An honorarium is otherwise called an ex gratia payment. It is a voluntary payment made to an individual for the services they render, this type of fee is not legally required. This type of payment is often made to a volunteer or guest speaker as a recognition of the role of the individual. An honorarium is not an official charge, neither is it required traditionally, this type of payment is made by a giver who has no legal obligation to the receiver. An honorarium is regarded as a taxable income.
A Little More on What is an Honorarium
Individuals give volunteers, speakers or invited guests honorarium to compensate them for their efforts. It is a way of showing that the service rendered by an individual is recognized. Oftentimes, honoraria are given to cover costs such as travel expenses or feeding expenses for a speaker at a conference or symposium. An example of an honorarium is a sum of money given to a medical expert to speak at a medical talk organized for teenagers, or given to a farmer for training other farmers. Generally, honoraria are given to show appreciation to individuals, it is not a payment or money legally required.
Determining an Honorarium
An honorarium is determined by the giver, it is also dependent on the amount of effort an individual put in the delivery of the service. Most times, there is a predetermined amount that some people give as an honorarium but the amount can change depending on how well an individual impress the giver of the honorarium. In certain cases, a speaker at a conference put much effort in preparing the speech to be delivered to the audience. Also, the stress of traveling and the expenses accrued by the individual are considered when determining honorarium. The giver of the honorarium also considers many other ways through which the receiver can generate money with the time spent for preparation.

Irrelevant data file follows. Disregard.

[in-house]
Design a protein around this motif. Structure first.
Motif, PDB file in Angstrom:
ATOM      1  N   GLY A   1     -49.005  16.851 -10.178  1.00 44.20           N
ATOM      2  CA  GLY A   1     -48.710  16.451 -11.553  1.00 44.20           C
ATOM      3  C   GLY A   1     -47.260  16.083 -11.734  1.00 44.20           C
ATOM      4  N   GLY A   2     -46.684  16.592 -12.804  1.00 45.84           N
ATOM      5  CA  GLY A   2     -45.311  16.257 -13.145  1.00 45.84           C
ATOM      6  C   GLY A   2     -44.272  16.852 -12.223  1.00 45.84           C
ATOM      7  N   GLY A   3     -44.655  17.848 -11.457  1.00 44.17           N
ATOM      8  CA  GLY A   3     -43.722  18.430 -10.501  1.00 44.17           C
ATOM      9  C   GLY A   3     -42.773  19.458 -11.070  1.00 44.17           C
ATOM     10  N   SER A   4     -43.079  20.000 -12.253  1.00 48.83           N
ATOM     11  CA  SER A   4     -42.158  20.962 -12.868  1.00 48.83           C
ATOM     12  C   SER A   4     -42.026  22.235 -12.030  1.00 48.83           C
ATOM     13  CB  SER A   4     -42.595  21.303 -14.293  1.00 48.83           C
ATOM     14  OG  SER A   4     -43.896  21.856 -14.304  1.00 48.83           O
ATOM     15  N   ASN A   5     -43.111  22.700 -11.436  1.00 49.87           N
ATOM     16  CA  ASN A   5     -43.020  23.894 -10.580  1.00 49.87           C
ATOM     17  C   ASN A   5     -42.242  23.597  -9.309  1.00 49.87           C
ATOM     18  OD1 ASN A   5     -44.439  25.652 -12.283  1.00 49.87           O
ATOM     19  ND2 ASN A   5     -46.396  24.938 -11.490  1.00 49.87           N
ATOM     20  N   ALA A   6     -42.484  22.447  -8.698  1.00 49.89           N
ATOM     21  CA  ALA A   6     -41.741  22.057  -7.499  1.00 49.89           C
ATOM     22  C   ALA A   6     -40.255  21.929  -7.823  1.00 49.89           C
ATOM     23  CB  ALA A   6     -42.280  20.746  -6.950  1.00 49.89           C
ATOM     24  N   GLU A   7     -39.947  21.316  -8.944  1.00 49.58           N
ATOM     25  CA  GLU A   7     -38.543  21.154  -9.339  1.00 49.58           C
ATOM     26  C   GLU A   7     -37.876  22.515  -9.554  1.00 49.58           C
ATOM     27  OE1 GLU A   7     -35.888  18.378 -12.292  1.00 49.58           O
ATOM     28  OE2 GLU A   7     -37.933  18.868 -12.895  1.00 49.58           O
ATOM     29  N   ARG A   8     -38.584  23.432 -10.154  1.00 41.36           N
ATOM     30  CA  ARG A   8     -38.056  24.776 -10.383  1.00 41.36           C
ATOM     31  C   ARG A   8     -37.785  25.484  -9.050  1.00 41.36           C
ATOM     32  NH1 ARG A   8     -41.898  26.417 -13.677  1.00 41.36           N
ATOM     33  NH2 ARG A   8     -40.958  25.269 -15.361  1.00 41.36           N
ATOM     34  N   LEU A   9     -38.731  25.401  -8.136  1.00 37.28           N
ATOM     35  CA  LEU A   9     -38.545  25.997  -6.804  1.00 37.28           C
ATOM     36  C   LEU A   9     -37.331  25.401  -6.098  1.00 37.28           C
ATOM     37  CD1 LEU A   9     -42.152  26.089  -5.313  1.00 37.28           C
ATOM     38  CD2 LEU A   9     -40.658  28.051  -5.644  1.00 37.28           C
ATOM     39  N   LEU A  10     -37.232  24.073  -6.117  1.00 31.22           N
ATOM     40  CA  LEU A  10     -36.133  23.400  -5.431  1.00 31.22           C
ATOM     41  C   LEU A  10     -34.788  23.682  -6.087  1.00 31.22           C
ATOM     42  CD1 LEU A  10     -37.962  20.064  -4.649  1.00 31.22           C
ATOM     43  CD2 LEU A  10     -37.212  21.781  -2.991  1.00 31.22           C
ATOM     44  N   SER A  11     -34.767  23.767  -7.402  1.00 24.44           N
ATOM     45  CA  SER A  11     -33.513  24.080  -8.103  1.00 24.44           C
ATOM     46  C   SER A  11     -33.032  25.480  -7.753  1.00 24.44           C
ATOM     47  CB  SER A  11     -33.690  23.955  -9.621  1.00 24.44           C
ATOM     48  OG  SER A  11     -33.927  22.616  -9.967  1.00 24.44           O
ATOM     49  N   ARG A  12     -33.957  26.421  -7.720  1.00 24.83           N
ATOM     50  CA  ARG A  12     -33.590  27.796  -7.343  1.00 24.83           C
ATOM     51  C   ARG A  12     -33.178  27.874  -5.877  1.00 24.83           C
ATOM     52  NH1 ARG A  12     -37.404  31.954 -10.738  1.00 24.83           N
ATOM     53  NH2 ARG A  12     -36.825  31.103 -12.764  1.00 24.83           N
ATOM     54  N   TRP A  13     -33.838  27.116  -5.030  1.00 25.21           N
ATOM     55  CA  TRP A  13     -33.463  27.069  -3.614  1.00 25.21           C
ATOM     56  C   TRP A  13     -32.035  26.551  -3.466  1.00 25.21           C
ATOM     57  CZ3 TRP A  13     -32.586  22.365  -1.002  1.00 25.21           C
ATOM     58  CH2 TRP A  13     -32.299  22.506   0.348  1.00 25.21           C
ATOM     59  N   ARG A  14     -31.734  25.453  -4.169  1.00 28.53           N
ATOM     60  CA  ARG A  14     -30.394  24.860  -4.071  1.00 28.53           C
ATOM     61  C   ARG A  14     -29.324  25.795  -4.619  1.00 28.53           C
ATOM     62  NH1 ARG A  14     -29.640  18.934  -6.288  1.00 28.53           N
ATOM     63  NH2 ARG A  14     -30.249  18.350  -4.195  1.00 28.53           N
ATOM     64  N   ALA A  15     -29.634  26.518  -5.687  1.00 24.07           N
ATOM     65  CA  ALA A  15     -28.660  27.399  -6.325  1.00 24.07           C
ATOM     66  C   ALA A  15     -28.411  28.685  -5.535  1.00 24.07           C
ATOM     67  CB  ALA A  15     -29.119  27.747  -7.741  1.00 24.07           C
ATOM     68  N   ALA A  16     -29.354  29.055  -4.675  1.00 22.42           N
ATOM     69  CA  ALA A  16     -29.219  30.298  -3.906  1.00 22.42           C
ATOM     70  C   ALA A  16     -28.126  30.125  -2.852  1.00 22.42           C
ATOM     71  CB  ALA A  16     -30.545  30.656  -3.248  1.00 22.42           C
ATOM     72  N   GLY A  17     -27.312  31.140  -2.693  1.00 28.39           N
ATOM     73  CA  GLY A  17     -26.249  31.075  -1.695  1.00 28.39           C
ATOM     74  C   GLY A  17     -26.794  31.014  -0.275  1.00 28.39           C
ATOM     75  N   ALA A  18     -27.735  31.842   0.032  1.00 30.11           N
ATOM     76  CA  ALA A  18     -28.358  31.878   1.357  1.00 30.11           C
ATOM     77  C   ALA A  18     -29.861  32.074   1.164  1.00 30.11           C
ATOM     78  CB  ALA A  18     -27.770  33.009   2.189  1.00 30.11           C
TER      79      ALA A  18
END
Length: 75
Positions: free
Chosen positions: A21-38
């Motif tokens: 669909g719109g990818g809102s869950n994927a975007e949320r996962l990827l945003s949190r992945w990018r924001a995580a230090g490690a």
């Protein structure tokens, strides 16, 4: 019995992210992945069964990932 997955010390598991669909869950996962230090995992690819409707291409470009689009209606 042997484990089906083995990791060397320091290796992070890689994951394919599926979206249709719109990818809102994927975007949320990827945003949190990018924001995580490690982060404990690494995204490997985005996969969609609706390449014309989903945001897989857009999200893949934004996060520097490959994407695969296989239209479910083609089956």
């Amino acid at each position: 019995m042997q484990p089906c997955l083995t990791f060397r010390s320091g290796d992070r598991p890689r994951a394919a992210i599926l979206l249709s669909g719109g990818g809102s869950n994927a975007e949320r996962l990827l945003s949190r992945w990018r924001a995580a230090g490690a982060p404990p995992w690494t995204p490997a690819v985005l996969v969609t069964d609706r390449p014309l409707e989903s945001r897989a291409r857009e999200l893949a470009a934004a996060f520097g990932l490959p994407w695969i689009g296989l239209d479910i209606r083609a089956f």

Tax Treatment of an Honorarium
The Internal Revenue Service in the United States regards honorarium as an income, it is their subject to tax payments. Just like other income, honoraria are reported to the IRS by organizations who pay them. Honoraria that exceed $600 a year are filed on a 1099-MISC form. Receivers of honoraria report it on Schedule C of Form 1040. Honoraria given for duties that are not part of the individual’s business are reported on line 21 of Form 1040.
In some cases however, honoraria are tagged gifts and not taxable income. Examples of such honoraria include honoraria given to ministers for weddings, speeches and related activities.